Alan Mills -Water Board and Legionnaires

Alan Mills in Palestine Police uniform

Alan Mills in Palestine Police uniform

I began to settle into my life in the Palestine Police. Four shifts, spanned over seven days a week. We rarely had a day off and often did two shifts in a day. Even if we did have a free day scheduled, the chances are something like an escort would crop up. Two days were never the same and after two weeks I’d stopped counting the number of drunk servicemen or merchant seamen, pickpockets and petty criminals I’d dealt with.

On my third week something different cropped up. I was told I was to be a police escort for an English employee of the Palestine Water Board. This chap had been working on a project for a few months, surveying the water from the Jordan Springs which was the source of the River Jordan on the borders of Syria and Palestine with a view to supplying water to an extension of a kibbutz.

At first I thought, this could be a nice easy job,  driving about in a nice car at the water boards expense,  almost a mini holiday – a couple of days off and a chance to see some more of the country. Then I saw our transport and my heart sank – an old spluttering 15 hundred weight  CWT truck and my seat was a plank of wood spanning two blocks of concrete.

So we began the four hour trip down towards the border, on the road to Damascus. I must have felt every bump in the road and there were plenty, it was okay for the water board man, he sat up front with the driver. Eventually we arrived at our destination where he was to take some samples. It was too late to go any further so it had been arranged to stay over. I was thankful for that, my back was killing me and I had splinters in my legs from the wooden plank. The water board man stayed at the Kibbutz and it had been arranged for me to stay at the local police station at a place called Rosh Pina.

Rosh Pina was a small, picturesque town on the slopes of Mount Canaan, overlooking the Golan Heights and Hula Valley. I understand it’s a tourist town these days full of restaurants and hotels, then it was a quiet Arab town full of cobbelstone streets.

One of the policemen there recognised me, he’s also trained at Mount Scopus and he remembered me doing my trot round the square. After training, like a lot of the lads, he’d applied for the mounted section but had ended up here, where he was both disappointed and bored. He grilled me about Haifa and I told him to get a transfer, it certainly wasn’t boring and we were always understaffed.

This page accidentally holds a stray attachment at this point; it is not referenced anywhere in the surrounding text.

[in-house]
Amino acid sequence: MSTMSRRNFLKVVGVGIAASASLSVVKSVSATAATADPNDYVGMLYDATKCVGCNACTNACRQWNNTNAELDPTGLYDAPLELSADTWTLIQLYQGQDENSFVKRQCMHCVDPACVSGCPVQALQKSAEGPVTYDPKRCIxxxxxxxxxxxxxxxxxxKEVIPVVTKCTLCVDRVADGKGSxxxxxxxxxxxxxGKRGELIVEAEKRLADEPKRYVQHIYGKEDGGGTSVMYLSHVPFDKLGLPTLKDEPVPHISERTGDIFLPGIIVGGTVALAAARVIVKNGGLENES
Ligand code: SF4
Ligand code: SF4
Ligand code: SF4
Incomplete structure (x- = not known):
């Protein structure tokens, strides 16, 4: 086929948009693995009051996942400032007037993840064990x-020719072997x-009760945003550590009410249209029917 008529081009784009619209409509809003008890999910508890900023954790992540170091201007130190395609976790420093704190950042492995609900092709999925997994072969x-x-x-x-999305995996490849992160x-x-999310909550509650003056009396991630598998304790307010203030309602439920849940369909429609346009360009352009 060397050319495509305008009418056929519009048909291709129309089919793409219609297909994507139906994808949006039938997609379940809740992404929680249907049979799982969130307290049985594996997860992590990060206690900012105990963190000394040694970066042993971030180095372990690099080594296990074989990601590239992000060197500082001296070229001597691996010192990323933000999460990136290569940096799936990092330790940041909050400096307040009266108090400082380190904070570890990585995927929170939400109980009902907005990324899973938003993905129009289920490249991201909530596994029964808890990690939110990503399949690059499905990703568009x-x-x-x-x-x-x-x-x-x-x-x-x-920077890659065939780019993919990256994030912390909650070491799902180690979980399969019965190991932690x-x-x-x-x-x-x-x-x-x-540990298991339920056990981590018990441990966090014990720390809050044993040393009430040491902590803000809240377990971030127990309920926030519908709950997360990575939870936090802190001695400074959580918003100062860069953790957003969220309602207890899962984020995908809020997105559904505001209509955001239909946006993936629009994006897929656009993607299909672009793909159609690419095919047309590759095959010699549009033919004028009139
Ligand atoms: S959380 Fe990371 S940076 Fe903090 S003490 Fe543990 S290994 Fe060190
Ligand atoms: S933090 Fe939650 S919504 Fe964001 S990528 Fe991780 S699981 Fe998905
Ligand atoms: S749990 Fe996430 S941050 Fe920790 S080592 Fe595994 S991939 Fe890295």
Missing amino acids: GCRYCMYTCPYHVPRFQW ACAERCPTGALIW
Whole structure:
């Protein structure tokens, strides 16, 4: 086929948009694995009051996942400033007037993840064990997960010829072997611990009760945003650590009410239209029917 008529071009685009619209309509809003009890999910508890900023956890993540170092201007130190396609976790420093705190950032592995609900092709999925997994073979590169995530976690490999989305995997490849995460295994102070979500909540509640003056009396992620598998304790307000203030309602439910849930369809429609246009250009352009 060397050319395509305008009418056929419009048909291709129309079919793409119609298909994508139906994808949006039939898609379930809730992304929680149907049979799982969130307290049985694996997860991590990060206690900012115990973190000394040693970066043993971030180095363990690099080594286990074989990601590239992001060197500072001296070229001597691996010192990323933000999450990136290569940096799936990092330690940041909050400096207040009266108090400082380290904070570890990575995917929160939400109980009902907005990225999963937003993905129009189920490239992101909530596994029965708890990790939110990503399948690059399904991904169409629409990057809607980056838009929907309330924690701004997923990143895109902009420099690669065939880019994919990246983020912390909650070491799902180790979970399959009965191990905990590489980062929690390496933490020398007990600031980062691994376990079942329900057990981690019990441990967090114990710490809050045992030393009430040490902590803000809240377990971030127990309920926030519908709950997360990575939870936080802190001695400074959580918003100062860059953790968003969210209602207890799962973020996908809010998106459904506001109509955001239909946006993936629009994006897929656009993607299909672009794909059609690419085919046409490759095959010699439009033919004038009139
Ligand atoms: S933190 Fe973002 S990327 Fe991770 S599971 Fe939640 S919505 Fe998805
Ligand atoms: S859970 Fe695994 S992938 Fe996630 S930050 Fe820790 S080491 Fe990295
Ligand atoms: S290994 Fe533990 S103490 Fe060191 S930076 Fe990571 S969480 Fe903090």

After taking more water samples, I rejoined my mate on duty in the evening. He’d invited me for a cup of ‘chi’ (the local tea) a cafe next to a small bridge over a ‘wadi.’ (A wadi was a dried up stream.) This wadi was right on the border between Palestine and Syria and exactly half way over the bridge a line had been painted to signify the border. Syria was governed by the French at the time and at the other end of the bridge we could see the French Foreign Legion on duty. We’d heard rumours about the Legionnaires before, cut throats and fugitives, some even said their post war ranks were made up of ex Waffen SS but I wasn’t so sure, I think it was mainly Eastern Europeans escaping the Soviets. My friend often went for a drink and a smoke on the wadi and had become firm friends with one of the French who was called Pierre, who, the previous night had told him an English man had just joined their ranks and promised him he would bring him along for a chat and a smoke. So we met up with his mate Pierre but there was no ‘Anglaissy.’  He wouldn’t show his face with British coppers about- apparently he was wanted in London and had escaped justice by joining the French Foreign Legion. He became a bit of a mystery, we both made enquiries to find out who ‘Beau Gest’ might be but came up with nothing.  A few months later and my mate got his transfer and joined us in Haifa, he told me the water was deemed okay for the kibbutz expansion which was going ahead but we never found out who the Legionnaire was.

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3 Comments

  1. Lovely article again.

  2. Barry O'Hare says:

    The mystery of the Legionnaire! He was probably one of the Kray twins mob!

  3. Martin P Higgins says:

    I was very interested in the Palestine Police service of Alan Mills. I notice his photograph in Palestine Police uniform. The English and Arabic numerals on his breast which form his Force number are illegible. I would be pleased to find out what this number was.

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